also called 'ecological services' are the benefits that people obtain from ecosystems. The students were made aware of the ecological services that are obtained from plant resources.
During field surveys the medicinal plants were also listed. It includes Shatawari, Ashwagandha, Dhayati, Kala-kuda, Nirgudi, Gulvel, Beheda, Awala, Akkalkara, Jambhul, Maka, Bhuiringani, Aghada, Bibba, Chandan, Tulsi, Chitrak, Bhuiawali, Khajkuili, Adulsa, Anantmul, Talimkhana, Murudsheng, Kal-lawi, Sadaphuli, Bahava, Punarnawa, Kalmegh, Vekhand, Bel, Shikekai, Khair, and Gunj.
20 students under the guidance of teachers have created an excellent database. Their valuable contribution covers many aspects of village biodiversity, such as: plant diversity of land and water, wild plants used as food, medicinal plants and their uses and crop varieties. Crop and cultivated fruit species documented were 34. In all 33 medicinal plants were listed. The students were made aware of the rich plant diversity, its importance and need for its conservation through people's participation. The local people have valuable knowledge about biodiversity that should be documented and protected. Students and teachers gaining first-hand knowledge of plant diversity. Students get exposed to environmental problems faced by villagers.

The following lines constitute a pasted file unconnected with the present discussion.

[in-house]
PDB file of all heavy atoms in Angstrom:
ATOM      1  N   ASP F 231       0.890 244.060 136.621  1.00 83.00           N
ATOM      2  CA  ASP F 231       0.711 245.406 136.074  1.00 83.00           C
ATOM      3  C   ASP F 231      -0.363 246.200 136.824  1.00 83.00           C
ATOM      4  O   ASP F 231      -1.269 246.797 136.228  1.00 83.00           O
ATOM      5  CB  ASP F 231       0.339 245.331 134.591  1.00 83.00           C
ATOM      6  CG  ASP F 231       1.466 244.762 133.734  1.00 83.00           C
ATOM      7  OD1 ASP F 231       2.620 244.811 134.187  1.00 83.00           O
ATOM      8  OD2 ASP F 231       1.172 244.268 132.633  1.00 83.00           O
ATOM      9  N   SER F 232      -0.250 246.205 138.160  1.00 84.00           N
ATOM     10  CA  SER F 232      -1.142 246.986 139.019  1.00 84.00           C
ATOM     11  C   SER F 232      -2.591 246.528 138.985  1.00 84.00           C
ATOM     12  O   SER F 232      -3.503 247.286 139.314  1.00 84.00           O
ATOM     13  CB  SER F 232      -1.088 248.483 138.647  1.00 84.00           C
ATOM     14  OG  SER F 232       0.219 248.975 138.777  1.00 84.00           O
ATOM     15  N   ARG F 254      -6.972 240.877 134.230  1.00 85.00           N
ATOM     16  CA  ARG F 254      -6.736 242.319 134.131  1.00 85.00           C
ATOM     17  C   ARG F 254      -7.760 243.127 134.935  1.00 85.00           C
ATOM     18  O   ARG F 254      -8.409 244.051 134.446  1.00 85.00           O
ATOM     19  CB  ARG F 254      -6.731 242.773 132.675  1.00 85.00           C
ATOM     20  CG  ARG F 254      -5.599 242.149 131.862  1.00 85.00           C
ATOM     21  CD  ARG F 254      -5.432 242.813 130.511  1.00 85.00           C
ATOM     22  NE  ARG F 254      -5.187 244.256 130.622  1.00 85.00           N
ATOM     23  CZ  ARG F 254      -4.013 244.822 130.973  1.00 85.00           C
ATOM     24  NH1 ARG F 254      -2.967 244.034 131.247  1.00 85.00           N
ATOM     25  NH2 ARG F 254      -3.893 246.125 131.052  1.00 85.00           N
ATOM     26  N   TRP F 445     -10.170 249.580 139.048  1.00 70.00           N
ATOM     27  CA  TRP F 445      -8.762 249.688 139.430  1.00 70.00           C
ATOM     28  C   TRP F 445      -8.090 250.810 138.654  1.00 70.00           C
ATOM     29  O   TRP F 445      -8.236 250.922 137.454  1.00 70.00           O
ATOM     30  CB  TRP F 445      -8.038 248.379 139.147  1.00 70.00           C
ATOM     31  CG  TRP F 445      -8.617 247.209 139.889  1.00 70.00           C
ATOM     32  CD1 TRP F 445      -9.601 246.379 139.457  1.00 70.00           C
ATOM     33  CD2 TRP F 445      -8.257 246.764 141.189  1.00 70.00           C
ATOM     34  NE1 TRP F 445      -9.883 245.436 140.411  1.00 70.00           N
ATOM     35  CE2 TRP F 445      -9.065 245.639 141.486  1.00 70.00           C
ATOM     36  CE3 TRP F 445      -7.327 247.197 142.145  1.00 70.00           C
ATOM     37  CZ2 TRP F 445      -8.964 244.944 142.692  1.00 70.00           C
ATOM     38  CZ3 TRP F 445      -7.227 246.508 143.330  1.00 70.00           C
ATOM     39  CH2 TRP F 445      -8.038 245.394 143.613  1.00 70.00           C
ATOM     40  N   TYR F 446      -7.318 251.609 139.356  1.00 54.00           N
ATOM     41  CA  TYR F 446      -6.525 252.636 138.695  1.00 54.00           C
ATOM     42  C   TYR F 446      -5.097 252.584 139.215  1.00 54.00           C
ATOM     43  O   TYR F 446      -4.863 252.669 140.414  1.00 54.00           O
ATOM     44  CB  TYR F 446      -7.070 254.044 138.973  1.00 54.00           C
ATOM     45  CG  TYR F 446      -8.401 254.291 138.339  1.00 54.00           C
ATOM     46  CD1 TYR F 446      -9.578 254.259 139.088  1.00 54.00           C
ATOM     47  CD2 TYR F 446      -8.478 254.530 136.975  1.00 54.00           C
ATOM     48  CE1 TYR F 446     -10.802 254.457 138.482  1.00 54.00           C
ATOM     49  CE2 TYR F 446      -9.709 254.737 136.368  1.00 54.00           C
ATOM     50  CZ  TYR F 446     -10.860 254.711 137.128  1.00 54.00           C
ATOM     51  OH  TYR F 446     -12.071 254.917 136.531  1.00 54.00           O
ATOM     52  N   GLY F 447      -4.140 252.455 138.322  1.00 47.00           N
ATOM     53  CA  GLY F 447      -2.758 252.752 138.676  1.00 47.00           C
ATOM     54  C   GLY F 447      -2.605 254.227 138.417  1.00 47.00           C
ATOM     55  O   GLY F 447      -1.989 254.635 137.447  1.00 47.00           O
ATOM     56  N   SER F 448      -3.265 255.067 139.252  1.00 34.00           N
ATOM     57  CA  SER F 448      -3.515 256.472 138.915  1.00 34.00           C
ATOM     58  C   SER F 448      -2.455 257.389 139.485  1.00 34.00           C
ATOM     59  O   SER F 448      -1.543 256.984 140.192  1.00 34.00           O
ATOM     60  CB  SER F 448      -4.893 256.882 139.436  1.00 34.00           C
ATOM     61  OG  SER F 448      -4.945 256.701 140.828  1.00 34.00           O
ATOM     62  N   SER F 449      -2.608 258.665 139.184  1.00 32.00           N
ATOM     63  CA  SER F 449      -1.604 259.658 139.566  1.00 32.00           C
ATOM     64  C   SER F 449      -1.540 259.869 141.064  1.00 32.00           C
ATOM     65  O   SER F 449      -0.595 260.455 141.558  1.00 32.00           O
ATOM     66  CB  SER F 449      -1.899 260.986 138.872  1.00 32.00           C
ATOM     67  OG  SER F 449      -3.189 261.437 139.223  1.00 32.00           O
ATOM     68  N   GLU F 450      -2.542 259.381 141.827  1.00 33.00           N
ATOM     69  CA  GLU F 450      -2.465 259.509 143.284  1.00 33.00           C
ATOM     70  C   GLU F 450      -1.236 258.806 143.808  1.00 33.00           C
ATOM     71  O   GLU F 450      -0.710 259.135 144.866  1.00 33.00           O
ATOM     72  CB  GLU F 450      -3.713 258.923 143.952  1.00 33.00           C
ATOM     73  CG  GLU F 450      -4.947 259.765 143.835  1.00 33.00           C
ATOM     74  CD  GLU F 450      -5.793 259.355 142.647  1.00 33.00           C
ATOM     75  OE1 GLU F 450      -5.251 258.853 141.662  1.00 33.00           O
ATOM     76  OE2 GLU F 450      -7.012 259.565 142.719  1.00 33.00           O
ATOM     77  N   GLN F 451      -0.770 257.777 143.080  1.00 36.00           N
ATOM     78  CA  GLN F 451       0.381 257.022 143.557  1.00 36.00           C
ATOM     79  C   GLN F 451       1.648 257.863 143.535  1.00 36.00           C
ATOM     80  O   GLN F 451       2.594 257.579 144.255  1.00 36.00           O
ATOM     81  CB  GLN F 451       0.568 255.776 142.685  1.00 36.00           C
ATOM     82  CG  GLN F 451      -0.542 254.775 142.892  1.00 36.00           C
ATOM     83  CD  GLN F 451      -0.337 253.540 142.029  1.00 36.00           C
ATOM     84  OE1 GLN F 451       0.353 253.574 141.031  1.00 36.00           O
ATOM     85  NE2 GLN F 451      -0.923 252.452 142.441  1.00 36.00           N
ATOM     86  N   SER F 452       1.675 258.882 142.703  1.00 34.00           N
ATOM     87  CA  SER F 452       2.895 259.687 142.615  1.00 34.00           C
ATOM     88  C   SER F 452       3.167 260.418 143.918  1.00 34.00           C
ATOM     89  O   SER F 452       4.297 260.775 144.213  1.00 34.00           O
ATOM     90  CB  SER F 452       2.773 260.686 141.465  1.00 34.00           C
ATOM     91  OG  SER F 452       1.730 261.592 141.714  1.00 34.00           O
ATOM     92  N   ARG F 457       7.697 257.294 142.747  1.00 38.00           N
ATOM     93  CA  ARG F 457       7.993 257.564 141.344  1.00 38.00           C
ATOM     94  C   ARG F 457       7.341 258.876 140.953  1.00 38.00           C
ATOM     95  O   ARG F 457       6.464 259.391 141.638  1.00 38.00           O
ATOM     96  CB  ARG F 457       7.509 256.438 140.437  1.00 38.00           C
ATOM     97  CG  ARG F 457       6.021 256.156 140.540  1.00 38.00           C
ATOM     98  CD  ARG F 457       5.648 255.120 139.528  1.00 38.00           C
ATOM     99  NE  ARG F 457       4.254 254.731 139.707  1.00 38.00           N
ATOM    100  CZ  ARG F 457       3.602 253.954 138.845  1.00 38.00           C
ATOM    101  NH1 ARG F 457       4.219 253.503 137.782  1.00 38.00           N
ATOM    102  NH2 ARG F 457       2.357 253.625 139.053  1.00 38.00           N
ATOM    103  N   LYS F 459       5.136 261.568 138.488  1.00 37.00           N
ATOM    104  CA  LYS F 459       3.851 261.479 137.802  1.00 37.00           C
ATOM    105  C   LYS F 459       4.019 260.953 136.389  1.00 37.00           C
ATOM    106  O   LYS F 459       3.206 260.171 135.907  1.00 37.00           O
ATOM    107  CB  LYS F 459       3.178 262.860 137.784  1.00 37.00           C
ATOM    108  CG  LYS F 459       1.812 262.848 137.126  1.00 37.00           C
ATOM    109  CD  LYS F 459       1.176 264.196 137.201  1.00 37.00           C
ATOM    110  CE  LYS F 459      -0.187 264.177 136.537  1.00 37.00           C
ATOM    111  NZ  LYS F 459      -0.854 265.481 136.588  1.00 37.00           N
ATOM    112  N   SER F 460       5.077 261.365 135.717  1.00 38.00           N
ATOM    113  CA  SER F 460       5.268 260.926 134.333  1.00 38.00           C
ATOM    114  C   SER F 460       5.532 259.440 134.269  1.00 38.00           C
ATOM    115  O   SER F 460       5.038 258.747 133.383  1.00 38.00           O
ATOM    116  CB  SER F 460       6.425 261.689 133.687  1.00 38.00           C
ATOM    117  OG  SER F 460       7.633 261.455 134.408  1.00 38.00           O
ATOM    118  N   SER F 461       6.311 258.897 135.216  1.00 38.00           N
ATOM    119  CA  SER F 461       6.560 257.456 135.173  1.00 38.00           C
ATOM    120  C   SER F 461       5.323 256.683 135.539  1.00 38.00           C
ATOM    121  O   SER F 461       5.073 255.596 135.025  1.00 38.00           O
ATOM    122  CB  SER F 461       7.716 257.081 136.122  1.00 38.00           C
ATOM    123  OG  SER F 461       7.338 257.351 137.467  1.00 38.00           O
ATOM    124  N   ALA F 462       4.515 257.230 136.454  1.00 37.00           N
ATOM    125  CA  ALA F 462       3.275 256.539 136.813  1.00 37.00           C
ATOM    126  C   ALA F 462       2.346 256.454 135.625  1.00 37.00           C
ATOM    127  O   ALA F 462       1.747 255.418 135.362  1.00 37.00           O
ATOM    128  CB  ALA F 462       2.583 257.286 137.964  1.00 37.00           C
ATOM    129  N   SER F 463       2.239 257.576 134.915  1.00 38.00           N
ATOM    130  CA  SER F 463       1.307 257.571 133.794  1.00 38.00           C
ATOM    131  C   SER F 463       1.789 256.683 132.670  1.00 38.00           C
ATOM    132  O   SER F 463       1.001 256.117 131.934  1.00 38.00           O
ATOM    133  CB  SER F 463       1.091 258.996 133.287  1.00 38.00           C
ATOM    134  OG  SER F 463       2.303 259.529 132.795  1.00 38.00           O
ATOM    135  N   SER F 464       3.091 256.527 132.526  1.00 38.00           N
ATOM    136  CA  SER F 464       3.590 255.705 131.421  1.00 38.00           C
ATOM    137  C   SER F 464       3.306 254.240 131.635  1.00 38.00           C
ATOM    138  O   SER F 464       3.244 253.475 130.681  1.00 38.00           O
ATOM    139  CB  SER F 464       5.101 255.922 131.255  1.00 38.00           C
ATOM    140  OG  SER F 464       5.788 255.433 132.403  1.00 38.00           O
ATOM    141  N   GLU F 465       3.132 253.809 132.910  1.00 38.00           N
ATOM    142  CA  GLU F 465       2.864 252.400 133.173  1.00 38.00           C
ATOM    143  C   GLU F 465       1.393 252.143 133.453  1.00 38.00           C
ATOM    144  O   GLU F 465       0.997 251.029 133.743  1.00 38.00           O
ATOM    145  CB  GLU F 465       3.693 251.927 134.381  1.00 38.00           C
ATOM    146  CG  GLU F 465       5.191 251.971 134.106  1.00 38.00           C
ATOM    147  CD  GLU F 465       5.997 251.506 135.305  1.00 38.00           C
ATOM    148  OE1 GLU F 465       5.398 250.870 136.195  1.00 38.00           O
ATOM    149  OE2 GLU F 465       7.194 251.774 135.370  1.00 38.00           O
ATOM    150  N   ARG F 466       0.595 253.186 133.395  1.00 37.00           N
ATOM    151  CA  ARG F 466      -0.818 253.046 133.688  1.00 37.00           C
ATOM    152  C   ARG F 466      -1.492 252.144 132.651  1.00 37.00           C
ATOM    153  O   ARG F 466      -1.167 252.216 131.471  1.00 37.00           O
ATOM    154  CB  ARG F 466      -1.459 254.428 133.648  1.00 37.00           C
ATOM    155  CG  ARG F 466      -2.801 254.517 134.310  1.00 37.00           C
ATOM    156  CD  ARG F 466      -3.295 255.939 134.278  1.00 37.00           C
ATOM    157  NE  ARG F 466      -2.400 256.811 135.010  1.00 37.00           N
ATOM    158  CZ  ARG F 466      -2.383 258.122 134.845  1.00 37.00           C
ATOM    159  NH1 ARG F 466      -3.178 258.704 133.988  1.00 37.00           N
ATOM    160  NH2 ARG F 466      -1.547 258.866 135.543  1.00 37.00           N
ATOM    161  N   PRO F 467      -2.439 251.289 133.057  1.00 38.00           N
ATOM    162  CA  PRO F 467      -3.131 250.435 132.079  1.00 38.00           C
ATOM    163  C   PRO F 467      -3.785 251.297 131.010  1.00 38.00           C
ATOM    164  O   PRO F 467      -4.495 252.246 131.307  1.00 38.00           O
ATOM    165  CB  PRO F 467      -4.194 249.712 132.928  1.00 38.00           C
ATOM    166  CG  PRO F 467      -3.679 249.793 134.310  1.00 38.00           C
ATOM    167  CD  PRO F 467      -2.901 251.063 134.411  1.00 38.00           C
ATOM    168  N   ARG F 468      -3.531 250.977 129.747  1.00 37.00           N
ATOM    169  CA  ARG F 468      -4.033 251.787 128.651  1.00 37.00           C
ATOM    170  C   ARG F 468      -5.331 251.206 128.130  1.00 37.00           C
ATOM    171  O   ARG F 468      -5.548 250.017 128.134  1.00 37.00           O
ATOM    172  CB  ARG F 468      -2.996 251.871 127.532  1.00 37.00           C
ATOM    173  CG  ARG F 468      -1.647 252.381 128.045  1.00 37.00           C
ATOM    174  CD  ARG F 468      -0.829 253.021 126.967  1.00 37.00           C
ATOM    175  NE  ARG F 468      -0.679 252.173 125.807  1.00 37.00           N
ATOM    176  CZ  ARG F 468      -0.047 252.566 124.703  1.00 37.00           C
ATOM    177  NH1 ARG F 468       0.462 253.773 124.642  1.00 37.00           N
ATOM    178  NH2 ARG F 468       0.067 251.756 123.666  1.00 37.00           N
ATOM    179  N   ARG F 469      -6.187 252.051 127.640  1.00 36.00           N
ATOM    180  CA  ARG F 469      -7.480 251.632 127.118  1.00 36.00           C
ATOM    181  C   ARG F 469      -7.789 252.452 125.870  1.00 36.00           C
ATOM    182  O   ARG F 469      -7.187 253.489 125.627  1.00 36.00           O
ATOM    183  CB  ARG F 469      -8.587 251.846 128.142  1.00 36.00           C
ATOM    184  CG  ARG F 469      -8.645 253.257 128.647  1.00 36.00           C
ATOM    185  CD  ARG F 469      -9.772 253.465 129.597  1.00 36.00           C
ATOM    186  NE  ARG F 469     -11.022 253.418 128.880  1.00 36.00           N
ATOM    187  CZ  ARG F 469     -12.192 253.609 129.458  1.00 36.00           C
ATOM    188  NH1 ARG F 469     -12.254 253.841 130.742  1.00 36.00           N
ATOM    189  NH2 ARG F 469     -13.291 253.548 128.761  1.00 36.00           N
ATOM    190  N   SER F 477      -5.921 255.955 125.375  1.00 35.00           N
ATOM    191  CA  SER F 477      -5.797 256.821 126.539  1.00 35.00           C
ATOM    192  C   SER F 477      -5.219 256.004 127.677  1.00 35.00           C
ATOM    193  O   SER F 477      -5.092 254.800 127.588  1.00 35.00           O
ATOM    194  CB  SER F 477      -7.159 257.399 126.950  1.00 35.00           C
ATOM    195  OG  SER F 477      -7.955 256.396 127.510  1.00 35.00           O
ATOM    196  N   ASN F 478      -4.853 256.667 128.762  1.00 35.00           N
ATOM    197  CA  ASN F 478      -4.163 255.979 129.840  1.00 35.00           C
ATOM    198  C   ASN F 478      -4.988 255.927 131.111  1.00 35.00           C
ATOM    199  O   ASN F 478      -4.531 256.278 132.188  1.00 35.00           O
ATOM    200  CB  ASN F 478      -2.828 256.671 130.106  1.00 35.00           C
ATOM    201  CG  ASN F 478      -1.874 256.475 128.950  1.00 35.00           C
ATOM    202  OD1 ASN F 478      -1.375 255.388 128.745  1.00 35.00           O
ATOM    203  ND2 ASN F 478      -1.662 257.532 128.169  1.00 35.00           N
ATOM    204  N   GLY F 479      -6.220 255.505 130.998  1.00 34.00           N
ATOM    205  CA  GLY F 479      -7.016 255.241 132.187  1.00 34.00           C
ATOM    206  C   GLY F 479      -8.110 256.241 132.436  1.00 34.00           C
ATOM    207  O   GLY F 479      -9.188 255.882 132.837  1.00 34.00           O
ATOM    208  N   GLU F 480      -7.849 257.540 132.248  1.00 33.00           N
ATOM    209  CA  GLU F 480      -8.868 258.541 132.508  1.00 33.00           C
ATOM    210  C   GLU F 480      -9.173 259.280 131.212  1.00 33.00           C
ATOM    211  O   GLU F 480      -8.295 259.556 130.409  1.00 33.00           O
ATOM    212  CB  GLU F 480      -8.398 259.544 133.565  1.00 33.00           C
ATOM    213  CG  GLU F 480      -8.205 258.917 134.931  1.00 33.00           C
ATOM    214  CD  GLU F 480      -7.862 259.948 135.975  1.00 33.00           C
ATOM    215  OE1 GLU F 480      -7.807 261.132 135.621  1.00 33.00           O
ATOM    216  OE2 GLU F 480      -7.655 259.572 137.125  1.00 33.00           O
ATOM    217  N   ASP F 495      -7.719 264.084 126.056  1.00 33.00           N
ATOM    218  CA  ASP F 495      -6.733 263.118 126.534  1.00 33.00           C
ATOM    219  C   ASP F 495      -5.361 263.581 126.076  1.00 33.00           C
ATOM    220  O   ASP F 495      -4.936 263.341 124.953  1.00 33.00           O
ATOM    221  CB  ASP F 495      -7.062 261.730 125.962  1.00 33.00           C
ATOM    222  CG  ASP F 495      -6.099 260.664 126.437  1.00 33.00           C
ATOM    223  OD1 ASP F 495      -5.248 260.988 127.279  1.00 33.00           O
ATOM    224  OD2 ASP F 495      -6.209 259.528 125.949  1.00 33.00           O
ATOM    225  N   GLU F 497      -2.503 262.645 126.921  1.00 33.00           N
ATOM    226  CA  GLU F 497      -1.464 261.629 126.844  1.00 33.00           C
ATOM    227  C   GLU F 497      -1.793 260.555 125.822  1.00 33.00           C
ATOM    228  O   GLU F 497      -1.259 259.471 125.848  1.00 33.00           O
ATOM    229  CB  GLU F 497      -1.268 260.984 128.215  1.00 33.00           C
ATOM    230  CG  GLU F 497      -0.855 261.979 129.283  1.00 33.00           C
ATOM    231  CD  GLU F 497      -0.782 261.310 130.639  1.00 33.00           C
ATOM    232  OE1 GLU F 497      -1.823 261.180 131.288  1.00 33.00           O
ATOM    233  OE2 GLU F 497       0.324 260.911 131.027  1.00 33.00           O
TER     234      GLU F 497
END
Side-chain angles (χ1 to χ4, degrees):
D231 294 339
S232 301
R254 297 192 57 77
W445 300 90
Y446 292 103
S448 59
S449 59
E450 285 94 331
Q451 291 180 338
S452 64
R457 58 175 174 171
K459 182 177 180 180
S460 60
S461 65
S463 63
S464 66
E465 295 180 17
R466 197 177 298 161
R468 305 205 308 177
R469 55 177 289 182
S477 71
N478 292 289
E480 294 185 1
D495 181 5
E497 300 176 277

This kind of activity will be continued in different villages of Mulshi Tehsil. We have planned to elaborate this activity by undertaking the surveys for animal diversity, soil and water analysis, socio-economic status of the villagers, historical status, etc. For this activity the students will be given training in advance.
Enthusiastic students of various faculties, interested teacher, laboratory and equipment for sample analysis.
The information obtained through this practice will be compiled in a book or report format; and it will be circulated the village panchayat and BDO office and may made available to villages and other interested parties; and even on college website as an open source.
Biomass carbon sequestration of college campus
The significance of urban plantations in carbon sequestration is conventional, and well renowned. Carbon sequestration refers to the natural and deliberate processes through which carbon dioxide (CO2) is either removed from the atmosphere or diverted from emission sources and stored in the ocean, terrestrial environments, and geologic formations. Through photosynthesis energy from sun is used to convert the carbon from atmospheric CO2 in plant tissues as biomass.